Outreach: GALS Summer Camp
September 15, 2017
For the past three summers, Sarah Titus from Carleton College, has run a one-week summer camp for local middle school girls as part of the outreach for her EAR-CAREER grant. The camp is called GALS, which stands for Girls’ Adventures in Learning Science. She teaches this camp along with four female undergraduate geology majors – in total, 11 different women have worked in this Teaching Assistant (TA) role. They target middle-school girls because studies show this is the age when girls lose interest in science.
Each day, one of the undergraduate TAs oversees the mixture of activities focused on a single theme such as “Minnesota used to be under a sea” or “Minnesota used to have glaciers.” They might run experiments, solve puzzles, show demonstrations, play games, look at samples, make posters, sing science songs, all related to theme for the day. Even lunch-packing can be geology-related – each of the layers of the sandwich forms a stratigraphy. The daily highlight is a field trip. They visit a gravel quarry with its mountains of sand (to ski down), an excellent fossil-hunting road-cut, and a park with a stream running along bedrock, a waterfall, and a huge glacial erratic boulder.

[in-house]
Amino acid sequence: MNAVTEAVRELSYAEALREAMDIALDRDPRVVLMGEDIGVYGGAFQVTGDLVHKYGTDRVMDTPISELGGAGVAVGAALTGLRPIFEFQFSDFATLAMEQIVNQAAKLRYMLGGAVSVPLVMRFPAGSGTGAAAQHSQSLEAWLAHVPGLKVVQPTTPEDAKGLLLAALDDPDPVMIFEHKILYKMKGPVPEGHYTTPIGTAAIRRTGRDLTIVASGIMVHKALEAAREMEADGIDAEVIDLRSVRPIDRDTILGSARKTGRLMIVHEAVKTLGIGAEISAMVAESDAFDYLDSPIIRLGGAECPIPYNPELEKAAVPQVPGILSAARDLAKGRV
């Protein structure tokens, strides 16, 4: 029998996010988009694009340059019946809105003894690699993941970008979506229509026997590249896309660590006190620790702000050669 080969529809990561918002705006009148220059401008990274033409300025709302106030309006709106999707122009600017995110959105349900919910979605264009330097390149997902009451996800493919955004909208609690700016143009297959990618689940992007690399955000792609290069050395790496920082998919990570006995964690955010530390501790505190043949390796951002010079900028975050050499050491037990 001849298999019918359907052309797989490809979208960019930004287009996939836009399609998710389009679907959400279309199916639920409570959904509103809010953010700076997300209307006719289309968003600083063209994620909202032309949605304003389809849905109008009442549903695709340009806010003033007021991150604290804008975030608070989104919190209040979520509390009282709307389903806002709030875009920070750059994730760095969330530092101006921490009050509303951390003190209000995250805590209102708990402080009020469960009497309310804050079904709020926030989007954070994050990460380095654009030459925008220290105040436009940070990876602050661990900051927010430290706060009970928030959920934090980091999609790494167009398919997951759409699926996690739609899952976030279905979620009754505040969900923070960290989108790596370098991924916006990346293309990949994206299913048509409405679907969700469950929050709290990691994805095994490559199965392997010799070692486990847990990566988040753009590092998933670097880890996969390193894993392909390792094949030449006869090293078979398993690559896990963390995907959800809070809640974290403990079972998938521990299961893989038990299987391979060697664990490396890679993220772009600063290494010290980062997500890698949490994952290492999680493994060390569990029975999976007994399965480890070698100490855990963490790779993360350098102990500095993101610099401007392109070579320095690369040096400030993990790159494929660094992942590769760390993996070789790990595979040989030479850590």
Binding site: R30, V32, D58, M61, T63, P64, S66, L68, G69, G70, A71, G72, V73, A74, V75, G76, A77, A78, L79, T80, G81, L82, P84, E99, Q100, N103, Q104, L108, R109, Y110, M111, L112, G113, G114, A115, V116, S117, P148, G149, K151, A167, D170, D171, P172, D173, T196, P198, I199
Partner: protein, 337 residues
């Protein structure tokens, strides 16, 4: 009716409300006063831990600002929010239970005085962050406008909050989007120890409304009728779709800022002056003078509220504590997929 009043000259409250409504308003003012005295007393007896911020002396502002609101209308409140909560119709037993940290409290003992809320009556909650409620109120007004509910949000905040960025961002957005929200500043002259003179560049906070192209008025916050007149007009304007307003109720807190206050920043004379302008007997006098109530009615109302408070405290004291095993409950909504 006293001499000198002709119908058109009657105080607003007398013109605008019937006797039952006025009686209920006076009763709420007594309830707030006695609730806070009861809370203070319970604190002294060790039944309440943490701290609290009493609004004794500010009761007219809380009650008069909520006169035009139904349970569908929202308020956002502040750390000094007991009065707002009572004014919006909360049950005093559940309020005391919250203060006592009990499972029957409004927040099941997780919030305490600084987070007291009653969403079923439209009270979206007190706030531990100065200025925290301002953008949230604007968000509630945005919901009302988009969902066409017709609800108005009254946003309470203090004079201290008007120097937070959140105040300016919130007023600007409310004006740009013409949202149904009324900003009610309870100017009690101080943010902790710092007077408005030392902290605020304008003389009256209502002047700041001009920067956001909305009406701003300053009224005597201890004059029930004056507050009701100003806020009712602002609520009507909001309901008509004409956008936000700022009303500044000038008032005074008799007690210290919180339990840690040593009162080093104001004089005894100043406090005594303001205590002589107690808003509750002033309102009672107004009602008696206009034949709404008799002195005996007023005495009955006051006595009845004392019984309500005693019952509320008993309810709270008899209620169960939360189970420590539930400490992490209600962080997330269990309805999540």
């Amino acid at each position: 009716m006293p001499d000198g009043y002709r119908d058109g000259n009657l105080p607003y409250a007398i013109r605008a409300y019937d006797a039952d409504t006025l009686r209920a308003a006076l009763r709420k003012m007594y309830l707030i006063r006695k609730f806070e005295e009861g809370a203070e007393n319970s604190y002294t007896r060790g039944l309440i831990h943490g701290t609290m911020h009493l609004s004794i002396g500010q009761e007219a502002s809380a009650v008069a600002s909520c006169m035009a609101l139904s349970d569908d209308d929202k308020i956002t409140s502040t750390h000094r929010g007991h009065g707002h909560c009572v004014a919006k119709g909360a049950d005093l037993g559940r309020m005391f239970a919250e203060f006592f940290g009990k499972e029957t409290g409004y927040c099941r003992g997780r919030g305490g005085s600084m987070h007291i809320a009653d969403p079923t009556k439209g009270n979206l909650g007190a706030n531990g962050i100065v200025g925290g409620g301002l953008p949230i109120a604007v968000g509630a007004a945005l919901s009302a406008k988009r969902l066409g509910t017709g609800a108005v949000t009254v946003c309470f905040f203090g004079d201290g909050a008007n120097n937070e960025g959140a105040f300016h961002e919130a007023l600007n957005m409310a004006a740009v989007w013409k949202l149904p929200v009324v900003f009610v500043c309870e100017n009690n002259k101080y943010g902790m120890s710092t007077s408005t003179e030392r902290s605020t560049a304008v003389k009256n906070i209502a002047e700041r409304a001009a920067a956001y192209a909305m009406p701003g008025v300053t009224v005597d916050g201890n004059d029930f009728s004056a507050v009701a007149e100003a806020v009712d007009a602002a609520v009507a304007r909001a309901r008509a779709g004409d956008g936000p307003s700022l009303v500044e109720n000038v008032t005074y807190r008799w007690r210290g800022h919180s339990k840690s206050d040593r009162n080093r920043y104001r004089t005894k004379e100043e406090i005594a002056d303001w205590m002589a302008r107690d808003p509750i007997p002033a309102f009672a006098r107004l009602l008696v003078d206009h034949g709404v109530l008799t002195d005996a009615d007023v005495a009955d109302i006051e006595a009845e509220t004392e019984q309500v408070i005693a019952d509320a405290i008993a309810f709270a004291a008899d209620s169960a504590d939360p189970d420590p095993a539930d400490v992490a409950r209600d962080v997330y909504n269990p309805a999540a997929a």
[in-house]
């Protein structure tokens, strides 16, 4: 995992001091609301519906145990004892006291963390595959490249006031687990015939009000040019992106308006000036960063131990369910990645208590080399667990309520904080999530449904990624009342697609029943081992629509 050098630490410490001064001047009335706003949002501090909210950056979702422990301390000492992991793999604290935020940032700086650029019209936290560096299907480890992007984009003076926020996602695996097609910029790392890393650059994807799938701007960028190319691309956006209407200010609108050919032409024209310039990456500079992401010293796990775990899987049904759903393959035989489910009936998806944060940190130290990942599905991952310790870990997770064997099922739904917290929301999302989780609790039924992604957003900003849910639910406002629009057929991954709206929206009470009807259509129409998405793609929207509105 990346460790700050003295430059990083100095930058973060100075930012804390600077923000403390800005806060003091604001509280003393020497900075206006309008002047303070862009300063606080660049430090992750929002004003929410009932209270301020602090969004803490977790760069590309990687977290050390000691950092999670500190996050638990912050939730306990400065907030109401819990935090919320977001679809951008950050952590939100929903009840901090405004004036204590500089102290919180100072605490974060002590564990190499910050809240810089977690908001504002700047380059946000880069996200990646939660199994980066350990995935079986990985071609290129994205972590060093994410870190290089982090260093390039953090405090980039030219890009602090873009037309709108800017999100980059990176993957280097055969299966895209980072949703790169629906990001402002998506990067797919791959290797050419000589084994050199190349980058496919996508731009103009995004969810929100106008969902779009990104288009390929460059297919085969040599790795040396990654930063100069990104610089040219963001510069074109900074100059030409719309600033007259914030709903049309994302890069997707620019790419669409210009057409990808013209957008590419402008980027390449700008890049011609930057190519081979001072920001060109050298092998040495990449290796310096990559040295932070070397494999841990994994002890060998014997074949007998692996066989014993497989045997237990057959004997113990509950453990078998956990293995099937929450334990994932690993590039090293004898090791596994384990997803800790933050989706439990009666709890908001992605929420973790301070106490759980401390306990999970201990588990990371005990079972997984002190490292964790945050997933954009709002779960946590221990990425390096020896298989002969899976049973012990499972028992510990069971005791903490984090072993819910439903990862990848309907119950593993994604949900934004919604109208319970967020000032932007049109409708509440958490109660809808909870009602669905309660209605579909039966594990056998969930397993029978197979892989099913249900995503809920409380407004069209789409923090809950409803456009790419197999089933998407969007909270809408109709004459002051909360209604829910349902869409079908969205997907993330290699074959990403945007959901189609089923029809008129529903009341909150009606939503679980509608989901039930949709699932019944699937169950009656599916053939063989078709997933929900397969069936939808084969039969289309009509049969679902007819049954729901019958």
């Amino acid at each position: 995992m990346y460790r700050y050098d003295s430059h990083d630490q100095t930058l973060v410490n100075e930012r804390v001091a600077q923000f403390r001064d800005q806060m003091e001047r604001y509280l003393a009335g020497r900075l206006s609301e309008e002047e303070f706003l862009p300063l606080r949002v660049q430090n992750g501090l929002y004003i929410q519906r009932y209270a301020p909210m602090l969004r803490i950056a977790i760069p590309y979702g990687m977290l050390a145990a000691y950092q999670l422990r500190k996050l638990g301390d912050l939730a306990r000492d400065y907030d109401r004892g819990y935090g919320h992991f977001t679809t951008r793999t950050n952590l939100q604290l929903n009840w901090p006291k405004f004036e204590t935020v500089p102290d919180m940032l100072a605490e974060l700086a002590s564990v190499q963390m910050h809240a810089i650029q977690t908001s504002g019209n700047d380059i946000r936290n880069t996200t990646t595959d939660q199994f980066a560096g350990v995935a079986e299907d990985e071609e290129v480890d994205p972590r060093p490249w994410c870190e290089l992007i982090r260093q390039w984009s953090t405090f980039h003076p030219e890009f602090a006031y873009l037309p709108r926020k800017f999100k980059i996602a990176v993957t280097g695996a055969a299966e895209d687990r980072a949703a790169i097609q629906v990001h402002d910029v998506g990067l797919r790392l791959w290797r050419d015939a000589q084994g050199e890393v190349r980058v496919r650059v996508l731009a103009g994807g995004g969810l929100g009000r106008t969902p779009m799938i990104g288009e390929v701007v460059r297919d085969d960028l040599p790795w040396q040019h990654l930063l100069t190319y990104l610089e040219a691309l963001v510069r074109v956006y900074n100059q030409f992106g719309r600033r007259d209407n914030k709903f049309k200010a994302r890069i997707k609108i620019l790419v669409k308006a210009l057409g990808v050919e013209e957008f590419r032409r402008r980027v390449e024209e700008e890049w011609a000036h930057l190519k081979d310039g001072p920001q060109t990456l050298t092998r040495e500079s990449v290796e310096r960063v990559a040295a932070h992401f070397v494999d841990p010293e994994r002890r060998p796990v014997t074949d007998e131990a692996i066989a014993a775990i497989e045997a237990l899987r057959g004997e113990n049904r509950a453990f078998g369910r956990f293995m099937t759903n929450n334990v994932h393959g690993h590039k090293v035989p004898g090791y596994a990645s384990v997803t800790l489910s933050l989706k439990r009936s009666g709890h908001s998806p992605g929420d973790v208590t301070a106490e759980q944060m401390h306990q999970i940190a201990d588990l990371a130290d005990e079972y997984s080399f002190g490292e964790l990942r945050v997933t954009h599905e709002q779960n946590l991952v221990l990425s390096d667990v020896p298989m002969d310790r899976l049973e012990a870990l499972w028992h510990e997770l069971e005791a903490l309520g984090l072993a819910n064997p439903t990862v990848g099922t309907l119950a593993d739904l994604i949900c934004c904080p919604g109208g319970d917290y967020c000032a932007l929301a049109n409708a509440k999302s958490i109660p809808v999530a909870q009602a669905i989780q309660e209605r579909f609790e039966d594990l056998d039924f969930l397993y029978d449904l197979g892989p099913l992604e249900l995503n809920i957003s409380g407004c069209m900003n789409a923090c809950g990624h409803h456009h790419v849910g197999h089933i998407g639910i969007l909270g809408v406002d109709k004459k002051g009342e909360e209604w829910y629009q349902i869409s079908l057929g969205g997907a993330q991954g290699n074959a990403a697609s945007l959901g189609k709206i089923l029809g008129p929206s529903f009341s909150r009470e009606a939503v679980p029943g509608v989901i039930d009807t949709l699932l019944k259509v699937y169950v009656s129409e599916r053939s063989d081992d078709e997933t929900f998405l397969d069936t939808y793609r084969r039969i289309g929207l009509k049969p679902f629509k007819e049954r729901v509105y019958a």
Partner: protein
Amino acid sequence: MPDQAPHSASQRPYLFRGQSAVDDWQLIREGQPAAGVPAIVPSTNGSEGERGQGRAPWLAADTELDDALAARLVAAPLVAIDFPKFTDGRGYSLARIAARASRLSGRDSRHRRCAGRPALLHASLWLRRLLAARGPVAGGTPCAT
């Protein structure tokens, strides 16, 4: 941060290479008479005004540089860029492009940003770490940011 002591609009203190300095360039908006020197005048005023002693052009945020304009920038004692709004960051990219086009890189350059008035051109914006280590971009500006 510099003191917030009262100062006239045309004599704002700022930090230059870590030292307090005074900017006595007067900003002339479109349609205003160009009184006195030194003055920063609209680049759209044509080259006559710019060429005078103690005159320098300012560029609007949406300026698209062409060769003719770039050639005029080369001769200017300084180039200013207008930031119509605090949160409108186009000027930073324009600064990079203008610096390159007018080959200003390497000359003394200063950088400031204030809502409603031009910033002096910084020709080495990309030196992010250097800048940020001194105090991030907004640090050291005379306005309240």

GALS is an exceptionally rewarding experience, for Sarah, for the TAs, and from what they can tell, the girls. Sarah’s favorite thing about teaching this age-group is their joy of being outside. The girls always take of their shoes to play in the stream and stand on the waterfall’s edge. Her undergraduate students never do that. She has also been impressed at how clever they are – they solve puzzles designed for her own college-level Introductory Geology course, making connections between field trips and the puzzles. For the TAs, the experience of being the lead teacher is empowering – they have to figure out how to distill the theme into activities, how to answer questions at the right level, and how to make science interesting. For the girls, evaluations give us a good sense that they enjoy the camp. They say things like “It showed me it is fun being a scientist” and “It made science seem really active, which is good.” And they offered advice for how to improve the camp in the future: “make it last longer.”
Teaching Assistants lead a discussion about rock types along a local road cut
Girls make sketches of sand and gravel layers from glacial outwash at a local quarry
Students using hexbugs to make “trace fossils” in sand
Student finds a brachiopod in Ordovician rocks
Students using flubber to run experiments on glacial flow
The 2016 summer class posing in front of a glacial erratic boulder
Students playing in a local stream
For more information contact Sarah Titus.
This material is available primarily for archival purposes. Telephone numbers or other contact information may be out of date. Originally published Oct. 3, 2016.
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